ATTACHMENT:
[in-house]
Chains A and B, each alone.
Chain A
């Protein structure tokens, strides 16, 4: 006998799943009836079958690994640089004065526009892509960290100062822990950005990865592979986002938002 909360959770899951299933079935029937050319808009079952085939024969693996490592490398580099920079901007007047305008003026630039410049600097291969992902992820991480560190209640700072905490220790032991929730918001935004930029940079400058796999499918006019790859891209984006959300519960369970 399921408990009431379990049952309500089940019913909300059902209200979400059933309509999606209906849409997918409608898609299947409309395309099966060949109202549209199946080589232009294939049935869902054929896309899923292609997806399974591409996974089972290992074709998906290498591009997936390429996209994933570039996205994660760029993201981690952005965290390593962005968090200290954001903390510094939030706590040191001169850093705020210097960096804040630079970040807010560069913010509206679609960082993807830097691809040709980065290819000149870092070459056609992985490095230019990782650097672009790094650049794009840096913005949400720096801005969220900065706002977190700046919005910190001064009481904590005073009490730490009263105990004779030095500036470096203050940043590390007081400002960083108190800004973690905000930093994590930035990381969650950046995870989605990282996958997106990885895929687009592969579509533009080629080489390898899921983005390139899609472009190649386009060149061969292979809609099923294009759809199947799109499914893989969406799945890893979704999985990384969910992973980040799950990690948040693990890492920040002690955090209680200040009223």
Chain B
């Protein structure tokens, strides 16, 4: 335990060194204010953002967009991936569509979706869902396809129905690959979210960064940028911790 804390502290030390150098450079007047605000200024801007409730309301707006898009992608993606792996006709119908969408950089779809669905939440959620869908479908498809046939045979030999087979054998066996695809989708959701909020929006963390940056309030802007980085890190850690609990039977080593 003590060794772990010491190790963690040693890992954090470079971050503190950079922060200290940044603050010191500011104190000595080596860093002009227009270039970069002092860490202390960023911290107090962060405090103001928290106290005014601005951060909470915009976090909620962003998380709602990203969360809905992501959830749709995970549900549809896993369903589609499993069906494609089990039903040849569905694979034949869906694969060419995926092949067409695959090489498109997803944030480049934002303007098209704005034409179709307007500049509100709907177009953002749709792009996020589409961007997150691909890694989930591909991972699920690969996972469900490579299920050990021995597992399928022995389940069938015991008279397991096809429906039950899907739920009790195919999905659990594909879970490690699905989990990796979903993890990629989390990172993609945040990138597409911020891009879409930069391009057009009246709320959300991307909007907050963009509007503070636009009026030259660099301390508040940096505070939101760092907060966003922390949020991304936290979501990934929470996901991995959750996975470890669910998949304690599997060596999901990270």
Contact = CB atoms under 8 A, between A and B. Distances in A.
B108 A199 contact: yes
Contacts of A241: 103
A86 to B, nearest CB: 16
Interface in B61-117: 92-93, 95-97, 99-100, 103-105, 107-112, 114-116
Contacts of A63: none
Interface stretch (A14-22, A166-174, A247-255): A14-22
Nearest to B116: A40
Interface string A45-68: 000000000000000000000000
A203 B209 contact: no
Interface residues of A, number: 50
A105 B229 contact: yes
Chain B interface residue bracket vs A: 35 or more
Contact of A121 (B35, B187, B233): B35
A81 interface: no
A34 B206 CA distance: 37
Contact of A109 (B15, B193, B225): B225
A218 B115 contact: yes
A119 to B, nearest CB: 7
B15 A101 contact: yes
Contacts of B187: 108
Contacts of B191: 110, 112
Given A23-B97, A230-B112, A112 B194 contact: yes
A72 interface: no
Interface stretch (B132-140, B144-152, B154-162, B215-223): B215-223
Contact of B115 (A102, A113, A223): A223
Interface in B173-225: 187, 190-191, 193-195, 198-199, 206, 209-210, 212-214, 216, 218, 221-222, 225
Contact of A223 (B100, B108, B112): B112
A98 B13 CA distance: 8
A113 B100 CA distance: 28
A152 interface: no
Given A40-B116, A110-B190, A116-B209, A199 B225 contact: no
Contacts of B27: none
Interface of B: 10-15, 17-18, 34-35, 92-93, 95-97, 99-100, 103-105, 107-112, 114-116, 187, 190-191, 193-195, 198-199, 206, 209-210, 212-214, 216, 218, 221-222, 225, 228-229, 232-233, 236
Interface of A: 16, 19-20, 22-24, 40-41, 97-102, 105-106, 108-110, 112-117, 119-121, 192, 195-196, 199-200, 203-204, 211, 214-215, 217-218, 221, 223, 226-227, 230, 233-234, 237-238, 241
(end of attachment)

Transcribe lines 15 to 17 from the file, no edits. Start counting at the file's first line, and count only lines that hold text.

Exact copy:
Interface string A45-68: 000000000000000000000000
A203 B209 contact: no
Interface residues of A, number: 50